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Appraises Goldberg's (b. January 26, 1913) career at Harvard where he was Higgins professor of astronomy (1960-73) and Chairman of the Astronomy Department and Director of the Harvard College Observatory (1966-71). Goldberg relates his decision to come to Harvard from Michigan, then discusses his scientific work while at Harvard, as well as internal politics and conflicts. A brief account is given of his decision to go to Kitt Peak, where he served as Director (1971-77).
Early life in Pennsylvania; German background; training at Radcliffe College and Harvard College Observatory; staff positions at Harvard and Yale Universities and the Maria Mitchell Observatory. Comments on growth of research interests; the administration of the Harvard College Observatory under Harlow Shapley and Donald Menzel; ballistics research during World War II; women in science. Specific research areas discussed include spectroscopy, luminosity criteria, astrometry and variable stars. Also prominently mentioned are: Robert d'Escourt Atkinson, James G.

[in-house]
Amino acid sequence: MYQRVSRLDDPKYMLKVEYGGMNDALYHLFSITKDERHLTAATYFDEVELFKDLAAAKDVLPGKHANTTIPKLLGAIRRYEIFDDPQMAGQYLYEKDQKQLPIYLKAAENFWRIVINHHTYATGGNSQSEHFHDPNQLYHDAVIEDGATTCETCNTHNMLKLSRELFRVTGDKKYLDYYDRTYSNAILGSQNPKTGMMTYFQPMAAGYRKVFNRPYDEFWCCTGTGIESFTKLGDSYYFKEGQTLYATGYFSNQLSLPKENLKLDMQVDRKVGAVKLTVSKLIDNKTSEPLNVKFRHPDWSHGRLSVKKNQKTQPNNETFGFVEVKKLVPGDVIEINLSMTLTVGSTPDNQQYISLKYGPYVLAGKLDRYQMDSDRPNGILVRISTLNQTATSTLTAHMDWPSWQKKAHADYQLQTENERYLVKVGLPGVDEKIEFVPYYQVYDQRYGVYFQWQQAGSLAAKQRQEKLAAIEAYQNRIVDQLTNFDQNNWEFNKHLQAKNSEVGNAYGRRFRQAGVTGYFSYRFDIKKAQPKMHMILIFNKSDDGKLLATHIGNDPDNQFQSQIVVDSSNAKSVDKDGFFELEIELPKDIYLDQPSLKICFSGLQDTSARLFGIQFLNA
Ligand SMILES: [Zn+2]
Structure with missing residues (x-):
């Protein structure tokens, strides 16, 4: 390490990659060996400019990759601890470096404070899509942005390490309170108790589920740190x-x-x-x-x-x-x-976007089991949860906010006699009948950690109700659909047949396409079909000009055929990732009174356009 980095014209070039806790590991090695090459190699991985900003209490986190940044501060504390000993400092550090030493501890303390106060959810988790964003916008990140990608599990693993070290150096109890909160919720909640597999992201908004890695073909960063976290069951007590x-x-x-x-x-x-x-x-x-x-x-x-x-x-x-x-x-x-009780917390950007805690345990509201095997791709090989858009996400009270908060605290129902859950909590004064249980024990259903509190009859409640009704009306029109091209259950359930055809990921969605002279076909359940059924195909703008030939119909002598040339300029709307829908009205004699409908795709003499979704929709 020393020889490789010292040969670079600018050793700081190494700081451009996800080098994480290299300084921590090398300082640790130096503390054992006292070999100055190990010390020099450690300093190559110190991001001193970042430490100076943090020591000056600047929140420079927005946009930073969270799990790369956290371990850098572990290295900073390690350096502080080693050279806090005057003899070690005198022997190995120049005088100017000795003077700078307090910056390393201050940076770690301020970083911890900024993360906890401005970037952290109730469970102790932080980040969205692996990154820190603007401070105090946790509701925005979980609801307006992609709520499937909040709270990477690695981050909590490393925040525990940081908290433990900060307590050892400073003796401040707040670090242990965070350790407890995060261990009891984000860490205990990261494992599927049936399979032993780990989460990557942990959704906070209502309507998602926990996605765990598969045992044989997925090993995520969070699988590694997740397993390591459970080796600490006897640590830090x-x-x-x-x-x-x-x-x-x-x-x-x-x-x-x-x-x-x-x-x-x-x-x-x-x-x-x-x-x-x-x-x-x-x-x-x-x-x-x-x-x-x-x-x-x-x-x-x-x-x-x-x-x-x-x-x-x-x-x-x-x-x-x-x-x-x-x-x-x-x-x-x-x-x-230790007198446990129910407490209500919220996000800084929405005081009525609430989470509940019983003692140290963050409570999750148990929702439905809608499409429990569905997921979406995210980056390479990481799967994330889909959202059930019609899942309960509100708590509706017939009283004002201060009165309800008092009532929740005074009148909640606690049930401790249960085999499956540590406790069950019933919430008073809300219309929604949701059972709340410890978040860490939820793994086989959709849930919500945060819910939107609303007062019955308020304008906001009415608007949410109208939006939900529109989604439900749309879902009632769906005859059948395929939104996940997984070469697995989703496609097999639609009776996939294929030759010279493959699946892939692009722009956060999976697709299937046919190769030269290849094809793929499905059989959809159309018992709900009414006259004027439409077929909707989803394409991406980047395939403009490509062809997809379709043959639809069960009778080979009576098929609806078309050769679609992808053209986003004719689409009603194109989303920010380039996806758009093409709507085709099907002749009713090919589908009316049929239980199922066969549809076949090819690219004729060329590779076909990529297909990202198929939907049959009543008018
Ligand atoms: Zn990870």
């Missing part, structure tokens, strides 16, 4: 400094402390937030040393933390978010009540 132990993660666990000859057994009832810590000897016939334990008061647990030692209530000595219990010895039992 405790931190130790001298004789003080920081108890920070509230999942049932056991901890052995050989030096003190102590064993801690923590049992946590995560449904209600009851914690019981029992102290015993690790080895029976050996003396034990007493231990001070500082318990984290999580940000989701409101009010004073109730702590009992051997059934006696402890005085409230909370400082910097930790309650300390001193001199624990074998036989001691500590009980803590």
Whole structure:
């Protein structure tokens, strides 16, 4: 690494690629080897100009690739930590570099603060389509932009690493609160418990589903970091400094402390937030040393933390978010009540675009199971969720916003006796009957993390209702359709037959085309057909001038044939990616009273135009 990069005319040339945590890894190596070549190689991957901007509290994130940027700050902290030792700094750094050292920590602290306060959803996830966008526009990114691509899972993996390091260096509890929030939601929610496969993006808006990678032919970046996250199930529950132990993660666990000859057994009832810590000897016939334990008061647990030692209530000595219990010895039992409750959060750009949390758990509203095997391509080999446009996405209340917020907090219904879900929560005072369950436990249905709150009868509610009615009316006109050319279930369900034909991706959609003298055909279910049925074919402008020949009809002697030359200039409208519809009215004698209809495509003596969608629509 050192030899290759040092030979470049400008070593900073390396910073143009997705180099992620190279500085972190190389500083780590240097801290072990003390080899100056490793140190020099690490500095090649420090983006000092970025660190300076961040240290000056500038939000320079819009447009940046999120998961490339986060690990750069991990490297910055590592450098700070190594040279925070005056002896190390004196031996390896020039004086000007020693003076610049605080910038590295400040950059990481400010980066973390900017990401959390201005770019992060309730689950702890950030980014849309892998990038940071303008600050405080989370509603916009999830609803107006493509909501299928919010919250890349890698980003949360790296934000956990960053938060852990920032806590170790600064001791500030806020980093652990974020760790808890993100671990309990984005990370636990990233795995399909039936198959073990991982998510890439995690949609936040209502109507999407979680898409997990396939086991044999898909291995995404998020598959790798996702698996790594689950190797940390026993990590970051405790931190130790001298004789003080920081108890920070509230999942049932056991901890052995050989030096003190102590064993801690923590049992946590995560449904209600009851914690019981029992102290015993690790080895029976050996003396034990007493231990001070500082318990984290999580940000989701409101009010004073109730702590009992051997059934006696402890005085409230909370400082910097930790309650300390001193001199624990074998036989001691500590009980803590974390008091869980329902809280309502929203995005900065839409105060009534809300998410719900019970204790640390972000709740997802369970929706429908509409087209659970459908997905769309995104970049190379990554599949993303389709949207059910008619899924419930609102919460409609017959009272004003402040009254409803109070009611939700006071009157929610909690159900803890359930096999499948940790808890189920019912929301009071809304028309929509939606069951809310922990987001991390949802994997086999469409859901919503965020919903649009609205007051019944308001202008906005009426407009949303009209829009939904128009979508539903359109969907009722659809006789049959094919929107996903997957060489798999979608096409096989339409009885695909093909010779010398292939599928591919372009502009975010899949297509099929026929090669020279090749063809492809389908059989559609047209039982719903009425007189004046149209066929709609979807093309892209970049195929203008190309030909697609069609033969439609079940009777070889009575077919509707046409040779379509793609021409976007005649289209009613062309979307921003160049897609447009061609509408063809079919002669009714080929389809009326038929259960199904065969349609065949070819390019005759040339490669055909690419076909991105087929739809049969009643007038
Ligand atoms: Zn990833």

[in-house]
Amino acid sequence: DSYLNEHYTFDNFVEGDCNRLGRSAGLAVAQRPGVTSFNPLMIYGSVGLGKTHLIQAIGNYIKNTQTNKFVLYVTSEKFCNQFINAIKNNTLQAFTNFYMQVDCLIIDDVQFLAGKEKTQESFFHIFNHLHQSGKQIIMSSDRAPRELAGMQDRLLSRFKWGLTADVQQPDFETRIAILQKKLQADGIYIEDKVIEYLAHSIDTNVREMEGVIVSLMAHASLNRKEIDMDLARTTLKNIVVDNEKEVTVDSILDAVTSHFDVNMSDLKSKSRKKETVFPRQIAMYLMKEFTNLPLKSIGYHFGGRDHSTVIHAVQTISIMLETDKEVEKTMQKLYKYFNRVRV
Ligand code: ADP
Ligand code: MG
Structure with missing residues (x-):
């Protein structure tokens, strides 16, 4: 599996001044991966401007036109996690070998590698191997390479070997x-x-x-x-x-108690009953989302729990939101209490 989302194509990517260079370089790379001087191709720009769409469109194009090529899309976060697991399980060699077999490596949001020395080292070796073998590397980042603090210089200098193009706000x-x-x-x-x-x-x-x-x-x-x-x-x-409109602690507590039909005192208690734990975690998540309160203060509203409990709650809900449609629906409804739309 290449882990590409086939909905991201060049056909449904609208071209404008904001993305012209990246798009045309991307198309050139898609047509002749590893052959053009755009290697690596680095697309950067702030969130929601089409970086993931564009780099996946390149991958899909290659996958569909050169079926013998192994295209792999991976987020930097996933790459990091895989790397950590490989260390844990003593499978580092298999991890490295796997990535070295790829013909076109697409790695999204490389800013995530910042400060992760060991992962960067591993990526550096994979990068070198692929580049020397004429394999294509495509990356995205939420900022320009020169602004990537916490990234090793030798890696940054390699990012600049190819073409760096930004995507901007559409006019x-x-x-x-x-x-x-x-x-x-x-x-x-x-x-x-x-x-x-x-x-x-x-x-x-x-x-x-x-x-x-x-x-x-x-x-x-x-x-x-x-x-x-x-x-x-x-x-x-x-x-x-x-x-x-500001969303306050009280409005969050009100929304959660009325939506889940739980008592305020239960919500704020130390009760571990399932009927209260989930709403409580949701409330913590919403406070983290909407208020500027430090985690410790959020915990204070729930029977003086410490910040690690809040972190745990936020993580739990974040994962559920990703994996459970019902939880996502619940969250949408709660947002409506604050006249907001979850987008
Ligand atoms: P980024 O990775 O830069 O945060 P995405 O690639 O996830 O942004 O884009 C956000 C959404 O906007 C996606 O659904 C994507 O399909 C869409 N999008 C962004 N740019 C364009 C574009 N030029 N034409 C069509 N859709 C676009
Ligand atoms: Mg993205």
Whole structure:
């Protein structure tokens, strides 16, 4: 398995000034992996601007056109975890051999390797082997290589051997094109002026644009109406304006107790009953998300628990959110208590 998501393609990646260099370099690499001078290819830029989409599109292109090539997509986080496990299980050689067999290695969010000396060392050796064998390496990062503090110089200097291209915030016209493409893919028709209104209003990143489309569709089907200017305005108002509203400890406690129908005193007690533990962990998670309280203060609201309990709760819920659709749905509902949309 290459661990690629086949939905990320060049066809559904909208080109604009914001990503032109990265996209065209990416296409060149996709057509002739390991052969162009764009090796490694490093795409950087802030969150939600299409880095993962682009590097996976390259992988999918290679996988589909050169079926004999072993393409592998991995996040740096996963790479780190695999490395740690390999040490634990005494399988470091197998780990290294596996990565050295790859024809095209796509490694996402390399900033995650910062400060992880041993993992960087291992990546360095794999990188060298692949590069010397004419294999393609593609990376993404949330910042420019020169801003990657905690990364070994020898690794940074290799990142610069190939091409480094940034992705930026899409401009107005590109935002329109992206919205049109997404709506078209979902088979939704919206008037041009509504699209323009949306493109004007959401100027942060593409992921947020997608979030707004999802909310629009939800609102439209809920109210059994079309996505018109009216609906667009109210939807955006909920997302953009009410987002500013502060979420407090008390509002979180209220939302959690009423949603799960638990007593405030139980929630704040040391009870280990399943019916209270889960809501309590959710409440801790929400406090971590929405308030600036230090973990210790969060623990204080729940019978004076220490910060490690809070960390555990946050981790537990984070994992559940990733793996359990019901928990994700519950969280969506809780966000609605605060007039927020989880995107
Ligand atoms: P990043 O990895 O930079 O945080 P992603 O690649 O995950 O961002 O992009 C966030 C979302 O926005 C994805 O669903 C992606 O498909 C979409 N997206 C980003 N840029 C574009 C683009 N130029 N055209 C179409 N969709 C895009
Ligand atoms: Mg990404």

Childhood in New York; high school experience at Horace Mann; Harvard undergraduate at the age of 15. Impressions of ordeal with Harlow Shapley. Depression years in the family business, return to a very changed Harvard in 1934. Thesis work on Interstellar Absorption (Bart Bok), Ph.D. 1937. Postdoc at Yerkes Observatory (Otto Struve) working on Upsilon Sagittarius. Develops the 140-degree camera (the Greenstein-Louis G.